Tuesday, May 31, 2011

Parenting Tip #76 Writing memories worth reading

My daughter-in-law was on TV in Utah today with tips on writing memories worth reading http://studio5.ksl.com/?nid=71&sid=15716302
It's worth watching!

Saturday, May 28, 2011

Music for Tots Summer Class

I'm excited to teach another music for tots class this summer!
CHICKA CHICKA BOOM BOOM, will there be enough room? Come explore the rich sounds of rhyme, rhythm and music as you and your children sing, dance, move, wiggle and play instruments. Discover how books coupled with music can unlock your child’s imagination and increase his ability to learn.

This class is for multi-age children and siblings-- newborn to age 5 and their parents.

Where: The Learning Center / Little Village Pre-School (Formerly Skyline Charter School-their sign is still up)
550 W Warner Rd (On the North side of Warner just east of Alma School)

When: Saturdays mornings * June 11, 18, 25, July 9, 16, 23 (no class on July 2)

Time: 11:00am-11:45am

Cost: $110.00 per family NEW PRICE $85.00
Bring a friend who registers for class and both of you get $10.00off!

If you live in my area and are interested, please register. If you're a grandparent and want to do something fun with your preschoolers, sign up and come! I guarantee this class will keep you young!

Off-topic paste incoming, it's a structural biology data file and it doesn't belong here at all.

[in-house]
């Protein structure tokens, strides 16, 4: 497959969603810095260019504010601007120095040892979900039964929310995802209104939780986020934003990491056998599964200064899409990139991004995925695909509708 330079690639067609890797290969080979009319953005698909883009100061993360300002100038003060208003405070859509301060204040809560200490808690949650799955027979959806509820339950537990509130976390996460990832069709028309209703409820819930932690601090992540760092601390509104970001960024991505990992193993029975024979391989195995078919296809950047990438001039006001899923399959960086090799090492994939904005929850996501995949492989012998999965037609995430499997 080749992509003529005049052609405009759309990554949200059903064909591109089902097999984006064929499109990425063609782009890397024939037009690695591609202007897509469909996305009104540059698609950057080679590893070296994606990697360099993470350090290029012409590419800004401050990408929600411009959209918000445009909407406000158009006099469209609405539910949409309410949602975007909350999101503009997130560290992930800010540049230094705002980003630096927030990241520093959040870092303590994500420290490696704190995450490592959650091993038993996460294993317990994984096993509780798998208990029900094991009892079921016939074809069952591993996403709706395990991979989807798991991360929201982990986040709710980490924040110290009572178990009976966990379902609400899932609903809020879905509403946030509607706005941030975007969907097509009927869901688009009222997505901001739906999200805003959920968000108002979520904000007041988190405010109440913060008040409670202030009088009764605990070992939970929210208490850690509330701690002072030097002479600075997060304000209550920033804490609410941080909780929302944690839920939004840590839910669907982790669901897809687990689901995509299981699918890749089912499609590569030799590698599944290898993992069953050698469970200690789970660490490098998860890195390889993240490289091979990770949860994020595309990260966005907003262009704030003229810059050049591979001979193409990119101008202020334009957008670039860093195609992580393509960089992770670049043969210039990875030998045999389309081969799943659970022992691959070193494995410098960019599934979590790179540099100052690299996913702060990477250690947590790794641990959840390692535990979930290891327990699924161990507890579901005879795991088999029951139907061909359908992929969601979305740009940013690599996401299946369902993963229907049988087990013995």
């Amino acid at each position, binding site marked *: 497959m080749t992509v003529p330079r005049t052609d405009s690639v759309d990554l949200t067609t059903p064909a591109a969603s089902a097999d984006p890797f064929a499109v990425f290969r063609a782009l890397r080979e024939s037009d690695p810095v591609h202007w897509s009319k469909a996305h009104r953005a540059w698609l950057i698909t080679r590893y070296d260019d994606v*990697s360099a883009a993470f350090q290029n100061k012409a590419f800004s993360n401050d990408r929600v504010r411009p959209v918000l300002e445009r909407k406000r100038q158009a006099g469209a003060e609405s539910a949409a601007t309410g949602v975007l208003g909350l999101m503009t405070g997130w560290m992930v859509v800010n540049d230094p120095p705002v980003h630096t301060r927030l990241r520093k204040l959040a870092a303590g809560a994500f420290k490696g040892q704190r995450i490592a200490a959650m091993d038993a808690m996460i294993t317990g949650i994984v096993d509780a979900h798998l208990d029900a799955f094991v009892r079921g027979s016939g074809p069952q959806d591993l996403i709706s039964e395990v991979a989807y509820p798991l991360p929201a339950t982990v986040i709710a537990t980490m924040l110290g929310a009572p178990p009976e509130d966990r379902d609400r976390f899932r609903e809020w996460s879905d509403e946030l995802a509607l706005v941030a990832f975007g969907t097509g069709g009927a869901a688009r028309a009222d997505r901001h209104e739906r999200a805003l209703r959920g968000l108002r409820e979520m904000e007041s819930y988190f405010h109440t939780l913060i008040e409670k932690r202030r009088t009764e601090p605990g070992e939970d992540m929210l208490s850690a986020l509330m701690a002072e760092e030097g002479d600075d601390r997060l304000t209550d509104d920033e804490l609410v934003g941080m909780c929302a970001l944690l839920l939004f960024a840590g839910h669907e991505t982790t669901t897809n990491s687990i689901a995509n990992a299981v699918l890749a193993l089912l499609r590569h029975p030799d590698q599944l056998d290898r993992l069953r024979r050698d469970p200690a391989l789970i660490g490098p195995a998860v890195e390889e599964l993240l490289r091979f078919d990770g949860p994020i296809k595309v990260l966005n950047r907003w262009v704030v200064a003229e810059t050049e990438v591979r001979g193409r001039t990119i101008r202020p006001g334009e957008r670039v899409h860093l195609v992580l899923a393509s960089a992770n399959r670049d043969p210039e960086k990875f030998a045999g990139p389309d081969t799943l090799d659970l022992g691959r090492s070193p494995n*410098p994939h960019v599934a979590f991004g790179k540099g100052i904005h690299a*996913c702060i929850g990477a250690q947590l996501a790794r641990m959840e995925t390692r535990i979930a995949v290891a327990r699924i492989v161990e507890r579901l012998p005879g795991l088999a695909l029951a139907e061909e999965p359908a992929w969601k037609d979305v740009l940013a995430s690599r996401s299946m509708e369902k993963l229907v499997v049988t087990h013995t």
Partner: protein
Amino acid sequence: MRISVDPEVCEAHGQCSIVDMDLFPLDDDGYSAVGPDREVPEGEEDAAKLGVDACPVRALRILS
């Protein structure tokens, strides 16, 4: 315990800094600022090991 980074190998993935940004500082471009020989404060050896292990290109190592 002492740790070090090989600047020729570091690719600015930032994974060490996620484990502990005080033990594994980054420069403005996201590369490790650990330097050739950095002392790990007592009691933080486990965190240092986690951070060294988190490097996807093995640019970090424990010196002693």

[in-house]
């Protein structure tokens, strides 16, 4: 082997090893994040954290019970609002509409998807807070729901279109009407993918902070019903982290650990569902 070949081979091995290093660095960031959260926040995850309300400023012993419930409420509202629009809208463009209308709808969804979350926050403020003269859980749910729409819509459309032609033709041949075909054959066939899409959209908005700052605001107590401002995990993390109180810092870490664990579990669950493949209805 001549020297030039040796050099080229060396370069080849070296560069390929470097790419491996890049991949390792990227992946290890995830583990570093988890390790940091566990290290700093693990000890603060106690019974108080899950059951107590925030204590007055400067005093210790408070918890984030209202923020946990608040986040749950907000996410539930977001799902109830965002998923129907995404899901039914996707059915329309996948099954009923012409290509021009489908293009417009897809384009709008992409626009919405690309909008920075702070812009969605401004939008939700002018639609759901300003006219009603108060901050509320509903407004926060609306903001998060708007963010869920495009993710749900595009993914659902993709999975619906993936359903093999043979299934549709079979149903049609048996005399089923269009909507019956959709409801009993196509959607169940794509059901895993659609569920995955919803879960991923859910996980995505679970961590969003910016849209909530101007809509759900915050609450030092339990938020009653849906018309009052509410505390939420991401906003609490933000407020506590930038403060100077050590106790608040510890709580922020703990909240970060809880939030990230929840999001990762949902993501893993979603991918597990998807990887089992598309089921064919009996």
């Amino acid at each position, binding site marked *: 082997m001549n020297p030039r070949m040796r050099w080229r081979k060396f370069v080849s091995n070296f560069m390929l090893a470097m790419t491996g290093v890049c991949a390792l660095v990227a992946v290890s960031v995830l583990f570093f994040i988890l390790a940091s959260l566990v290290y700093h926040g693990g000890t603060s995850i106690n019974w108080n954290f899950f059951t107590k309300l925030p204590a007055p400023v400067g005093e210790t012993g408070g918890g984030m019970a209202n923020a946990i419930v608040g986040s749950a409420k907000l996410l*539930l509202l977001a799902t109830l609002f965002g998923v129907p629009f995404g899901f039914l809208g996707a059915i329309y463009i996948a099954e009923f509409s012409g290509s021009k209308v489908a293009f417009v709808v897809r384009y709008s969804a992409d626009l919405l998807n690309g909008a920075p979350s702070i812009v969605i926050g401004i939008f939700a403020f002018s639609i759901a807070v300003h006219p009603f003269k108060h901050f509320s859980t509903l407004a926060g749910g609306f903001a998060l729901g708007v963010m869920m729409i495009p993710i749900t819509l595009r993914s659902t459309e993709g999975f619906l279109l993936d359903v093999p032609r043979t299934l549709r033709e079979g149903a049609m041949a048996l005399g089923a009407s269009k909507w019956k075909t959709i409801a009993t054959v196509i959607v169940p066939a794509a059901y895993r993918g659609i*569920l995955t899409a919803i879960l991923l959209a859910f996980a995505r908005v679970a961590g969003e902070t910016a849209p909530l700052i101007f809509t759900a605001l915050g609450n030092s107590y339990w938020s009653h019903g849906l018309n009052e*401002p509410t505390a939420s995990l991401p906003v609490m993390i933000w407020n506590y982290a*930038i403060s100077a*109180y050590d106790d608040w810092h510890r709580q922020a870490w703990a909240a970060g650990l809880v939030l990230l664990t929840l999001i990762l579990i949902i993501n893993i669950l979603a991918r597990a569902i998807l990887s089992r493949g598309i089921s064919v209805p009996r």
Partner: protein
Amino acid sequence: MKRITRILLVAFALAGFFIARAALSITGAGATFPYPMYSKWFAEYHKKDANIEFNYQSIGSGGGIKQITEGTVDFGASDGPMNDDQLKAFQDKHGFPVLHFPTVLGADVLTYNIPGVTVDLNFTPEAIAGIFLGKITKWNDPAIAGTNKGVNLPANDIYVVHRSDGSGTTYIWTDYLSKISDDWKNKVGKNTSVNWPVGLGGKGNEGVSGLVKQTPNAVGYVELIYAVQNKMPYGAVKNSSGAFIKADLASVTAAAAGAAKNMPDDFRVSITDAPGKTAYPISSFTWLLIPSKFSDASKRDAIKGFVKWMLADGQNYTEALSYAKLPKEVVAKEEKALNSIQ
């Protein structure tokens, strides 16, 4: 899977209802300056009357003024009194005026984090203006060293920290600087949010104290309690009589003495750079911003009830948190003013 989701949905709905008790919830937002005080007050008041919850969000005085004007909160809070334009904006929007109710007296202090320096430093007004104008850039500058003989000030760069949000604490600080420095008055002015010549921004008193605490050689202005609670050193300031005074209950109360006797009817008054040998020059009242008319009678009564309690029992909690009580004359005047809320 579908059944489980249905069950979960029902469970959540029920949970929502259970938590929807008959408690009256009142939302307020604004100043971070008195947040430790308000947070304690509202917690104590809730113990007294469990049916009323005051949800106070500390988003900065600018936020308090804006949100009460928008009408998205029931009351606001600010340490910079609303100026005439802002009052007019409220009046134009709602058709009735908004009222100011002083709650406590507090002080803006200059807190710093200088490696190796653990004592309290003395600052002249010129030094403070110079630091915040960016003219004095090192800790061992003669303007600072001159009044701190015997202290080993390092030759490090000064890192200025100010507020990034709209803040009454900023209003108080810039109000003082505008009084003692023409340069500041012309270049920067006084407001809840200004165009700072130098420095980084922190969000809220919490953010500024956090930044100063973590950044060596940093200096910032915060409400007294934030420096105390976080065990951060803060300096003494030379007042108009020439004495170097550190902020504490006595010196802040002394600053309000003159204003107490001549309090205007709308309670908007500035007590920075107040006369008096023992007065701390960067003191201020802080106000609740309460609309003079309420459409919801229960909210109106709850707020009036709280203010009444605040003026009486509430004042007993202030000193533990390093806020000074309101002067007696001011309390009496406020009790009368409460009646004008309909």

Email me at
playsmusic@hotmail.com to
register and confirm your spot.
Payment on 1st day of class.

Thursday, May 26, 2011

Music Tip #73 Open Ended Music Lessons

I love to plan and teach open ended music lessons at school. These are lessons where I present basic information such as a chant, rhyme or song but then let the students create where we go from there. Can we add movements, an ostinato, and instruments? What musical form shall we present our new creation in—AB or ABA or ABACA?

Sometimes we create the movements and form together as a whole group, and other times I divide the class into small groups and let each group come up with their own ideas. Then the groups perform for each other. I love to see the creativity that evolves.